Lawyers on opposing sides of yesterday’s California Supreme Court ruling on a capital punishment measure approved by voters agreed that the case is likely to lead to executions being carried out sooner and more often in a state that last put a prisoner to death in January 2006.
Lawyers on opposing sides of yesterday’s California Supreme Court ruling on executions agreed that the case was likely to lead to executions being carried out sooner and more often in a state that last put a prisoner to death in January 2006, the San Francisco Chronicle reports. “Prop. 66 will go into effect very nearly in its entirety,” said Kent Scheidegger of the Criminal Justice Legal Foundation in Sacramento, an author of the ballot measure. Although federal courts must still review the state’s lethal-injection procedures, Scheidegger expects executions to resume within a year. Christina Von der Ahe Rayburn, who represented opponents of Prop. 66, agreed that the measure is likely to speed up executions despite the high court’s invalidation of a five-year deadline to resolve cases. She said the ruling wasn’t the last word, because condemned prisoners can still argue that the new rules are invalid in their individual cases.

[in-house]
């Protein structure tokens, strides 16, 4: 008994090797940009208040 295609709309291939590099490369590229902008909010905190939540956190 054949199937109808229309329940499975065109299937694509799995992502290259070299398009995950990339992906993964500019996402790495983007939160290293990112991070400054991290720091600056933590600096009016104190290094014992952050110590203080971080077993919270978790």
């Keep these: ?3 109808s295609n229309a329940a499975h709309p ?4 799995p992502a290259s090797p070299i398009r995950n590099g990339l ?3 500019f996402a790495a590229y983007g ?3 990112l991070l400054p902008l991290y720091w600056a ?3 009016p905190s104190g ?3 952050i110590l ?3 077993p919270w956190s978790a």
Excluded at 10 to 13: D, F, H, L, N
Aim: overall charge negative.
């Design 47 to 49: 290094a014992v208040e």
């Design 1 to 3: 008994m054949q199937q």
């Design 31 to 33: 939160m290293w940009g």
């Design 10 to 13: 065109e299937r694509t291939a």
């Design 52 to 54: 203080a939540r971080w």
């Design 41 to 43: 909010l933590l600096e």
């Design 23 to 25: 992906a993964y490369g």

Voters approved Prop. 66 by a 51 percent majority while rejecting, for the second time in four years, a competing measure to repeal the state’s death penalty law. California has the nation’s largest death row, with nearly 750 inmates, about half of whom have been there for at least 20 years. Appeals of death verdicts now take more than two decades to resolve, on average. Prosecutors and crime-victims’ groups who backed Prop. 66 told voters the measure would cut that period in half by requiring faster court action, limiting some types of appeals, and requiring more lawyers to accept capital cases. Opponents argued that the measure would cause even longer delays, because of court challenges and legal uncertainties about its provisions. They said it would coerce unwilling and unqualified lawyers to handle capital appeals and swamp the state’s high court with death cases.